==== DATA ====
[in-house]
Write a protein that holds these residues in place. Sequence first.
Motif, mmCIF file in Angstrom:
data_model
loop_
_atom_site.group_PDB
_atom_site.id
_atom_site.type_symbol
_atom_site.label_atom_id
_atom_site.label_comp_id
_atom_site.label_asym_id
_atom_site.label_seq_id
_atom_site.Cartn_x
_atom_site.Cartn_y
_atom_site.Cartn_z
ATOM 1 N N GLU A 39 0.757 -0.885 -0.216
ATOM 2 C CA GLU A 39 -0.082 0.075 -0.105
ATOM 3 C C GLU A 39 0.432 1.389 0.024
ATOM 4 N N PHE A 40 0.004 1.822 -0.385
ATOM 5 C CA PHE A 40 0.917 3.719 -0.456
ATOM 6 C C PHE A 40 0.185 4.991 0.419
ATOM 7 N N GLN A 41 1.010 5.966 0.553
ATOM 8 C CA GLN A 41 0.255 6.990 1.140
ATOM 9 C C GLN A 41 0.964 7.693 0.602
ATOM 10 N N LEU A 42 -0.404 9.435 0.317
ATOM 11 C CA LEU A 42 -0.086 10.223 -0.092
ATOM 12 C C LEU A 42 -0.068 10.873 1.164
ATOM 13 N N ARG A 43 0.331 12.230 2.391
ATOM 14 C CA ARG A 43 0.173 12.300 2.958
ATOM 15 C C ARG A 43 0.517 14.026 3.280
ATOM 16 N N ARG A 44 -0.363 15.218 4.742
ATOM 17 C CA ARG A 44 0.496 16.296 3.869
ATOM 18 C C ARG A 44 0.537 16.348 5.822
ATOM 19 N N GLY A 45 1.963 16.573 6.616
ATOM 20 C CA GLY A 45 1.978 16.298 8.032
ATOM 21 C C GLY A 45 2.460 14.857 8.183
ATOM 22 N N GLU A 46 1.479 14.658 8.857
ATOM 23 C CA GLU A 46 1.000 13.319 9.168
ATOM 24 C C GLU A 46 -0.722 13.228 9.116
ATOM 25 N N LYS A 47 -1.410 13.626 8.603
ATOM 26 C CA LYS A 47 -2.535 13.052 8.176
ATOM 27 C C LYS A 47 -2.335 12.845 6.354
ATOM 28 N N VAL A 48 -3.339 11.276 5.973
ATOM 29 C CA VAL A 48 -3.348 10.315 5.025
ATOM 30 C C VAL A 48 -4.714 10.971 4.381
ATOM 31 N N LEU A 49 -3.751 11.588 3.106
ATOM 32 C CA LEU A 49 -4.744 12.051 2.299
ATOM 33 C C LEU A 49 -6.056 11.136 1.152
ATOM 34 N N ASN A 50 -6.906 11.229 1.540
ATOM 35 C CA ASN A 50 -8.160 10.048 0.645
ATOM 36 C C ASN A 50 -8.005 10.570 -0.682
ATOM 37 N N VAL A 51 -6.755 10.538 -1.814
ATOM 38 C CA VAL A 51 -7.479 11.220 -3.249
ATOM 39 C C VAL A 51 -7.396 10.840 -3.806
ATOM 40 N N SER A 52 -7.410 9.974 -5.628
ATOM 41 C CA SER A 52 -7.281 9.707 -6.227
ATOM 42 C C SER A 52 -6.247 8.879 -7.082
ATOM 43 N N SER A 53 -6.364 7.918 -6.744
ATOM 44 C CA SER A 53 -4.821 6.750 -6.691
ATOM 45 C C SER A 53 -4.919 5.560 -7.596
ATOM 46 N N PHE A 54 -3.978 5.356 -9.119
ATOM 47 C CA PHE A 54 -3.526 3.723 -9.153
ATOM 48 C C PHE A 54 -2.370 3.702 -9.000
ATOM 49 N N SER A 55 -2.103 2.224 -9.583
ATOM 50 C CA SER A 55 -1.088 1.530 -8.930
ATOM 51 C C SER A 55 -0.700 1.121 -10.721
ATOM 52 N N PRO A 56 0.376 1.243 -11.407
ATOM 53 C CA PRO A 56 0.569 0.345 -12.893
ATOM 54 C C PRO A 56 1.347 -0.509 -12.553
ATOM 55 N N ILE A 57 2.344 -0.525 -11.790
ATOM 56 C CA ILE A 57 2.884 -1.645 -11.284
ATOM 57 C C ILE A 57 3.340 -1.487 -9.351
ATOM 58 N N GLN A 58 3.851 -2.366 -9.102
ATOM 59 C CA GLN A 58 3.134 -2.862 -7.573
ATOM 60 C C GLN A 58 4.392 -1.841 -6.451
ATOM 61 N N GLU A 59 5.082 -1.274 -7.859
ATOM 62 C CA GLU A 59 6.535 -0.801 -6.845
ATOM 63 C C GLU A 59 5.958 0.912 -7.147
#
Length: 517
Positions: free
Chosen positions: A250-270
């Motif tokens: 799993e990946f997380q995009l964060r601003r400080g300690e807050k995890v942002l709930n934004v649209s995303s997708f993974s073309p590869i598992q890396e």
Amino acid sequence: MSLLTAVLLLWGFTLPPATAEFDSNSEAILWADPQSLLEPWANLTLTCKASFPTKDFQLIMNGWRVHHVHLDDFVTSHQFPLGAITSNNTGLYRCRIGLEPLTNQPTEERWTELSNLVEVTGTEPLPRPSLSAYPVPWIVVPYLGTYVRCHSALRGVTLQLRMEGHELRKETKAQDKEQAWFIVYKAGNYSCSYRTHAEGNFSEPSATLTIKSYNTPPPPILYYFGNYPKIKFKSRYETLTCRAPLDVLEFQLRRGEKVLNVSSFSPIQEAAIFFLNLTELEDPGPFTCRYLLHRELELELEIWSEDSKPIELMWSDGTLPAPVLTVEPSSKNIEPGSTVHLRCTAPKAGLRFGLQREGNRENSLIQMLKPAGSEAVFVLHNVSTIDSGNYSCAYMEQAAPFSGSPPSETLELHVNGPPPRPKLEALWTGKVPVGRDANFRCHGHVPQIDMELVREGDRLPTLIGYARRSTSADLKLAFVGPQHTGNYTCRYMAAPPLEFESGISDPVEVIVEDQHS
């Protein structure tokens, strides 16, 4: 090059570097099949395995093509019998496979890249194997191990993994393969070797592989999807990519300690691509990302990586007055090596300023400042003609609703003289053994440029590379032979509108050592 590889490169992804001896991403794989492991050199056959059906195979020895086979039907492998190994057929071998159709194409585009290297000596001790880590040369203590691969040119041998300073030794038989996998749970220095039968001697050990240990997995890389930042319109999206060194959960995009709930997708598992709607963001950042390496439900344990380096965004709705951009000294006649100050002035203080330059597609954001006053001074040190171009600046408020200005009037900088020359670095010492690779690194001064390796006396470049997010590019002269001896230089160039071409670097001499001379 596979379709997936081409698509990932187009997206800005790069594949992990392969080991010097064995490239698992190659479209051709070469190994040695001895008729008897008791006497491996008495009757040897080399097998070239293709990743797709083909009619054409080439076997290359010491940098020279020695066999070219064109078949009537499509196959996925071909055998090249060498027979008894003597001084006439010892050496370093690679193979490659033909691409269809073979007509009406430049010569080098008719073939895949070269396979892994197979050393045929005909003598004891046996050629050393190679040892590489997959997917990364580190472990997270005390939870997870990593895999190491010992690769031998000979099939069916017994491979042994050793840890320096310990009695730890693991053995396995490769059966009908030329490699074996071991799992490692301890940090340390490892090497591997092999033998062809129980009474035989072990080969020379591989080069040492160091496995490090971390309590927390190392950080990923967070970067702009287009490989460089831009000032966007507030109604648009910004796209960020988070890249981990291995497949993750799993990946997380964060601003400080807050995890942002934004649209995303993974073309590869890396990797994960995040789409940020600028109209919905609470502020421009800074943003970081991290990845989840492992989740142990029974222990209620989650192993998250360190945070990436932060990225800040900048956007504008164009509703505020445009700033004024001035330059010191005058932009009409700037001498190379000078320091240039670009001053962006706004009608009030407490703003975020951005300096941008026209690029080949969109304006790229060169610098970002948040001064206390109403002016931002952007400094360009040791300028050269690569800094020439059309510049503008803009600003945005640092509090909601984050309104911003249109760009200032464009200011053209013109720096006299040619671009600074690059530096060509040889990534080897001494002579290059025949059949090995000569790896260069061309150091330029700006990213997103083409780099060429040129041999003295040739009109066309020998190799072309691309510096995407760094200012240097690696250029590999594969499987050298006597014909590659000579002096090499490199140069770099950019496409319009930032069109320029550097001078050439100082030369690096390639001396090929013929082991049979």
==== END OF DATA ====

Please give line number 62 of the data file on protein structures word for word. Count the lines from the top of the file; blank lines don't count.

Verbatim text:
ATOM 47 C CA PHE A 54 -3.526 3.723 -9.153